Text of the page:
Student Loan Defaults Hurt Homeownership

Student loan debt is still hurting a slew of Americans,  with the Federal Reserve Bank of New York saying Wednesday (May 31) that defaults are still hovering at a high rate and that a small percentage of student debt holders can’t purchase a home as a result.

According to a report in The Wall Street Journal the Fed said that more than one in 10 borrowers are 90 days or more behind on making their student loan payments. The default rate on this type of borrowing is much higher than other forms of debt, whether it’s a mortgage, auto loan or credit cards. At the same time the homeownership rates with people who graduated college is higher than with those that never earned a degree. The report also shows those with a lot of student debt are less likely to own a home than those who graduated with little or no student loans. The Fed did find that roughly 5 percent of borrowers owe more than $100,000 but account for close to a third of all the debt that is currently outstanding. The average student loan debt for graduates’ stands at $34,000, the Wall Street Journal reported, noting that is up about 70 percent from 10 years ago.   “For a large share of households, housing equity is the principal form of wealth,” said William Dudley, president of the New York Fed, in a prepared statement to the paper. “Thus, changes in the way we finance postsecondary education could also have important implications for the distribution of wealth.”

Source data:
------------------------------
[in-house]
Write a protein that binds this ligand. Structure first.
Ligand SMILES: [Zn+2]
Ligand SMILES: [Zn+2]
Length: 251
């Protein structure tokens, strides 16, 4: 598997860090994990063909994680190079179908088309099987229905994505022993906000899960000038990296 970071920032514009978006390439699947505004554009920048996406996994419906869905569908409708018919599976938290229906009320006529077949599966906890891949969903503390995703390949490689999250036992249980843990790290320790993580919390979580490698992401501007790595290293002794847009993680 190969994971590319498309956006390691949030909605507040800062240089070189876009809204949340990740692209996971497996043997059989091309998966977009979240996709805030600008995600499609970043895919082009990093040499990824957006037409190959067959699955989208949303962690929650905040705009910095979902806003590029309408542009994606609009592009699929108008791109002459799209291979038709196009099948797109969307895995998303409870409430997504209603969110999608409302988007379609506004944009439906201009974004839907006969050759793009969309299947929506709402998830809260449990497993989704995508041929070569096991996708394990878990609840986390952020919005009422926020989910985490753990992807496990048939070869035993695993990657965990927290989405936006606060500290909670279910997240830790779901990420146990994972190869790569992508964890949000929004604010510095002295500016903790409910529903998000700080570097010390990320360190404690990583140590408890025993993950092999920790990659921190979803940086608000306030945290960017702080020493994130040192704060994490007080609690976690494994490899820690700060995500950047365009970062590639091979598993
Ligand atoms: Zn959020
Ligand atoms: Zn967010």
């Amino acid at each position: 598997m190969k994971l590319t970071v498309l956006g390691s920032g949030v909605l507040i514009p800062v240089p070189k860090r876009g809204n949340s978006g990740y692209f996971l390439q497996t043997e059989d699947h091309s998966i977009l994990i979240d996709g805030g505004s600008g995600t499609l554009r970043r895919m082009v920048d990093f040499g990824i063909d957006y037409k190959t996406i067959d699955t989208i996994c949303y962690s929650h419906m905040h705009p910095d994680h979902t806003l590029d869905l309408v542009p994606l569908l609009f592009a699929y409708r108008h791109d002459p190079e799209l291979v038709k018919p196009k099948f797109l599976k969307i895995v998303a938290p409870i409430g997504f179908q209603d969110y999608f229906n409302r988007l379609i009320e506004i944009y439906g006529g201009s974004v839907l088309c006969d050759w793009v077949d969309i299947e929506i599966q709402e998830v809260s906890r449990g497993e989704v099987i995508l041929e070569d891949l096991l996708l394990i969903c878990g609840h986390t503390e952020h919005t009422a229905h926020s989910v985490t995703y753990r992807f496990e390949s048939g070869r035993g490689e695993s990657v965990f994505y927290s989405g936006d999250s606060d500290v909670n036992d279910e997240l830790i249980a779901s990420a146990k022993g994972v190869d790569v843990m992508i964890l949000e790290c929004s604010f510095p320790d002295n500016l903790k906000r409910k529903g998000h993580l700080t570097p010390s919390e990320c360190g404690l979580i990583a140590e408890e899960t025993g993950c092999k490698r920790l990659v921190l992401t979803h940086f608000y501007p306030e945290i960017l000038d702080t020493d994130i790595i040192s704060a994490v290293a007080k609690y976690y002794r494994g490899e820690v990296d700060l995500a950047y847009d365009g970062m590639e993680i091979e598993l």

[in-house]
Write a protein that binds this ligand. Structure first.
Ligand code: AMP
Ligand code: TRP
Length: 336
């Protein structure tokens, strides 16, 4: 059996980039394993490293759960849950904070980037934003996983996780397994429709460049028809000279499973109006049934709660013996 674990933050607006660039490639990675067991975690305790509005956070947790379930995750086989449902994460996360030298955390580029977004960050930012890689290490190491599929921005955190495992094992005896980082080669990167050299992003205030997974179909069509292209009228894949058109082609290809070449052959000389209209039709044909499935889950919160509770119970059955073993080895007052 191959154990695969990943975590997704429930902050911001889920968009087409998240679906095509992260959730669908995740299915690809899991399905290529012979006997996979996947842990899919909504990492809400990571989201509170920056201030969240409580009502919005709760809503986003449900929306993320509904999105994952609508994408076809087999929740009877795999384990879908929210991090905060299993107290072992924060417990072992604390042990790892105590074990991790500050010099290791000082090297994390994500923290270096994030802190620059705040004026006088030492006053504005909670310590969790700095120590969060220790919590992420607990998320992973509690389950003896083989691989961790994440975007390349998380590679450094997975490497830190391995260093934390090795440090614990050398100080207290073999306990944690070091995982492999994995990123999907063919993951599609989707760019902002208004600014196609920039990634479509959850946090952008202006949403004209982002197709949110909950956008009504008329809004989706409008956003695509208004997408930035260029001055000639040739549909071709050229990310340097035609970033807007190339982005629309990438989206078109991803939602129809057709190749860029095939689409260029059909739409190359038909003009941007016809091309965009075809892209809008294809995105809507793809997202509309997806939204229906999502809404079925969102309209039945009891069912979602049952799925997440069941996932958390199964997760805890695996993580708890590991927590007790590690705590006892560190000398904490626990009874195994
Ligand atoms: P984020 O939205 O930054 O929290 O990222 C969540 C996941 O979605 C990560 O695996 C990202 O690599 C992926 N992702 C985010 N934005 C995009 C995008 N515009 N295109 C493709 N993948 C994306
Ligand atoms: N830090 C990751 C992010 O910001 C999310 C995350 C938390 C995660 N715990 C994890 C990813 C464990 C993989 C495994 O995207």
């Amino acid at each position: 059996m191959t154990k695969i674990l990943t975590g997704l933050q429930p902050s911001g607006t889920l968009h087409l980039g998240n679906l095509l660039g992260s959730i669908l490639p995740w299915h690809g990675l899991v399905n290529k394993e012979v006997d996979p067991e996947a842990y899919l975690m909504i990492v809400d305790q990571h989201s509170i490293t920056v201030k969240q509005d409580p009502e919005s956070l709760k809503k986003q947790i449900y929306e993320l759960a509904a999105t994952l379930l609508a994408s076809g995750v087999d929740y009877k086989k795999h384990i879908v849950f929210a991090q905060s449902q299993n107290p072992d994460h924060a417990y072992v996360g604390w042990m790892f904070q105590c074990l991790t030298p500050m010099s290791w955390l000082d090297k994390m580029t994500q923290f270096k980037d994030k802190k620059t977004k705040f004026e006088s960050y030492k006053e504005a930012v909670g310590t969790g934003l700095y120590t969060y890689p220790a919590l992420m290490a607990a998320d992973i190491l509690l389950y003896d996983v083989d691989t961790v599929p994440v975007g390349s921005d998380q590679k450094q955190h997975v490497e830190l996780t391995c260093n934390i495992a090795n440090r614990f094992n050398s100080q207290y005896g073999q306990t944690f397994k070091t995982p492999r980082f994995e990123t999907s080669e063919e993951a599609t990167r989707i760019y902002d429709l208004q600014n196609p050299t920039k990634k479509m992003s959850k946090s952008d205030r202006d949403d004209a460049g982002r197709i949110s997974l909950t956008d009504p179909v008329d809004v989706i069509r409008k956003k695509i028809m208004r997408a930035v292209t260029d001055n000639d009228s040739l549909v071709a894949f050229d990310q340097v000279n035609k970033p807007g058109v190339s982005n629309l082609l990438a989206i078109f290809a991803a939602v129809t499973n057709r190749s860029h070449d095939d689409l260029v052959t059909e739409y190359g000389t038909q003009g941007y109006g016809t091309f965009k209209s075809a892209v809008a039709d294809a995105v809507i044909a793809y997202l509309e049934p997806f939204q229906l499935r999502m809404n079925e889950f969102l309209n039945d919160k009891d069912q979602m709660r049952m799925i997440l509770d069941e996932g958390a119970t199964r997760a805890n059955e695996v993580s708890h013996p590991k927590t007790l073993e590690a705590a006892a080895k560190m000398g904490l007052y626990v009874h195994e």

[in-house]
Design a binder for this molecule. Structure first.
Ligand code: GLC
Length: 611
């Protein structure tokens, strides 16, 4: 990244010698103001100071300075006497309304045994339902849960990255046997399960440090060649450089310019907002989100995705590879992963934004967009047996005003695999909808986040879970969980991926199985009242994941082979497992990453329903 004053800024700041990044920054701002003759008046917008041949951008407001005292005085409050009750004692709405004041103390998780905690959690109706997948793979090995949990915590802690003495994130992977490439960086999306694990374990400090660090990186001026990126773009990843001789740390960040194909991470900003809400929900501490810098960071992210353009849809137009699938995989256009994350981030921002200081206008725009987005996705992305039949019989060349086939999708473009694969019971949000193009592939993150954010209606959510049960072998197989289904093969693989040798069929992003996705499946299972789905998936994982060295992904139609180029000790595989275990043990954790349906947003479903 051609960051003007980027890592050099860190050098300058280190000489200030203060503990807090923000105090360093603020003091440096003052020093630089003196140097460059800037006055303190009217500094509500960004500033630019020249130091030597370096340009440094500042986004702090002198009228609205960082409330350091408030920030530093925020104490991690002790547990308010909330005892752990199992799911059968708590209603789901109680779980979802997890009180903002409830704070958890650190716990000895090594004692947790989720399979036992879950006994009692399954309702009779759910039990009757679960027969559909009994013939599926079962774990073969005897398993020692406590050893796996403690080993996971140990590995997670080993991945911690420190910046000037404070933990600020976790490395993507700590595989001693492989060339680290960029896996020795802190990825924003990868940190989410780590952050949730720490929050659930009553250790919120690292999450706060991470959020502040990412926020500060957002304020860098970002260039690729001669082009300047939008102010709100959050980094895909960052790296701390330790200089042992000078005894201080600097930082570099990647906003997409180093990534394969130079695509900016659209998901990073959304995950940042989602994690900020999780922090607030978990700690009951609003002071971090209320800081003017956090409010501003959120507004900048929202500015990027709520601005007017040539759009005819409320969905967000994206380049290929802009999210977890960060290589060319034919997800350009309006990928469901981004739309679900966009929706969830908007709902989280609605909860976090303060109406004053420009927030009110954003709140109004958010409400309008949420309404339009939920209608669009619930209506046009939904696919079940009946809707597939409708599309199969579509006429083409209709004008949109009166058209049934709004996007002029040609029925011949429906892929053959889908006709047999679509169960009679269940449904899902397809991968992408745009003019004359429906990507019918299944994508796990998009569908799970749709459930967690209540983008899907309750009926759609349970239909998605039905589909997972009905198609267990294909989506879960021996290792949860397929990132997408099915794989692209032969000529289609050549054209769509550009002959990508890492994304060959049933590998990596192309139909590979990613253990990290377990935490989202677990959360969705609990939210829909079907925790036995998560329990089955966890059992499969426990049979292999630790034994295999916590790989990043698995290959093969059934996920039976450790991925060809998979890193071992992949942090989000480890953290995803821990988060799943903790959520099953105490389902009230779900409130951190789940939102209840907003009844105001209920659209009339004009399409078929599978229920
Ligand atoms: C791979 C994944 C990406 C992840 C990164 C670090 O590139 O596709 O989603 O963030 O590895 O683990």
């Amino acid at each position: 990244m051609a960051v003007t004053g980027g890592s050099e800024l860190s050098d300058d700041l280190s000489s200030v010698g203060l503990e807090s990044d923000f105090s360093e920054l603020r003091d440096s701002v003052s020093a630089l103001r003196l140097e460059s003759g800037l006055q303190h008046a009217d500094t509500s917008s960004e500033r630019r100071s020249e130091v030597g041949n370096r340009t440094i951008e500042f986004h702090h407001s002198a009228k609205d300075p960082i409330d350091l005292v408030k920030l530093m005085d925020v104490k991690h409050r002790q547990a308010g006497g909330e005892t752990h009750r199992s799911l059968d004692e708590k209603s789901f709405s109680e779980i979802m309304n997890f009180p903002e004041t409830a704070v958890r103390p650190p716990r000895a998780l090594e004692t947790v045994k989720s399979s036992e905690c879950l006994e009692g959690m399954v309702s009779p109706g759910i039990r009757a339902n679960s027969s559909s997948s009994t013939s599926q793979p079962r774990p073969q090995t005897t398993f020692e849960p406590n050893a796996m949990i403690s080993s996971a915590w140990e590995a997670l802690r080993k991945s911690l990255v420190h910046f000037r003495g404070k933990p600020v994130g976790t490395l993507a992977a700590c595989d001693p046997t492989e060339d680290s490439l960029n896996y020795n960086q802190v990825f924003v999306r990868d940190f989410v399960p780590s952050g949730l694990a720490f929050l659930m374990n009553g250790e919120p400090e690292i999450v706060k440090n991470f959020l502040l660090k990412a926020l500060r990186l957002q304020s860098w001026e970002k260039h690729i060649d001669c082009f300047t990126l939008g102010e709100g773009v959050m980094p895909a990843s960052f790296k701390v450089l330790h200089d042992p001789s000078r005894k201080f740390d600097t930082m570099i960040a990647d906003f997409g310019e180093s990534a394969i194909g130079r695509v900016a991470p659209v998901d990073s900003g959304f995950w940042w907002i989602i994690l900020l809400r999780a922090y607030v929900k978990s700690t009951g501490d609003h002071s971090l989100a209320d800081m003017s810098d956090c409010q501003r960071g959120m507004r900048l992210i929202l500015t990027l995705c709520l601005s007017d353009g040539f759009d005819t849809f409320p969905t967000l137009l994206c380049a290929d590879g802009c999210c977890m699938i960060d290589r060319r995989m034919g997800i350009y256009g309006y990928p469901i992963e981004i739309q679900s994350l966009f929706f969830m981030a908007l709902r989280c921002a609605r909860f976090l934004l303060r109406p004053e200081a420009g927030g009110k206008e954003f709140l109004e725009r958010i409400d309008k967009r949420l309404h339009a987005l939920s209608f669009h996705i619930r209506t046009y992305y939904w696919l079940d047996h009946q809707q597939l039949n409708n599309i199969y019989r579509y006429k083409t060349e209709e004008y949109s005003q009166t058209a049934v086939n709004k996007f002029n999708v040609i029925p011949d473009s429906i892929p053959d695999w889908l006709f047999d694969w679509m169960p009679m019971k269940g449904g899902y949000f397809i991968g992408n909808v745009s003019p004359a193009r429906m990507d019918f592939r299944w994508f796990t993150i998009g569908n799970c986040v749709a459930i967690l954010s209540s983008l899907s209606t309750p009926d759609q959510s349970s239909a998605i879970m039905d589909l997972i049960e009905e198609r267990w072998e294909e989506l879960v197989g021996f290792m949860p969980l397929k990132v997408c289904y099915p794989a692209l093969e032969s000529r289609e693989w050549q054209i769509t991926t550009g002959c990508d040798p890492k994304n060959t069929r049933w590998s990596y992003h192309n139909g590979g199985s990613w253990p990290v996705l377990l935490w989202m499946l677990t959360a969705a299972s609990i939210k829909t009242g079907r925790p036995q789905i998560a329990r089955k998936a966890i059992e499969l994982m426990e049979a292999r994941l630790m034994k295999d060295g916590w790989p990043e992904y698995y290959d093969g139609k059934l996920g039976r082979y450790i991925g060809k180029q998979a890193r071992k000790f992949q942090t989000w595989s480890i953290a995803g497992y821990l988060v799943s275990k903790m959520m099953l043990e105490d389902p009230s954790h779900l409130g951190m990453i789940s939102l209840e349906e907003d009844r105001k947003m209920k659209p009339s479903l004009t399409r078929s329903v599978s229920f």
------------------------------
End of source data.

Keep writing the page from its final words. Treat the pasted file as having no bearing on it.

Another problem hurting college graduates with student debt: Many simply don’t refinance their loans.  That’s according to a recent survey conducted by Google Consumer Surveys for Student Loan Hero, which found 62 percent of student loan borrowers surveyed said they are familiar with refinancing their student loans, while 69 percent said they have never refinanced. What’s more, nearly 38 percent said they had no idea they could refinance their student loans to begin with.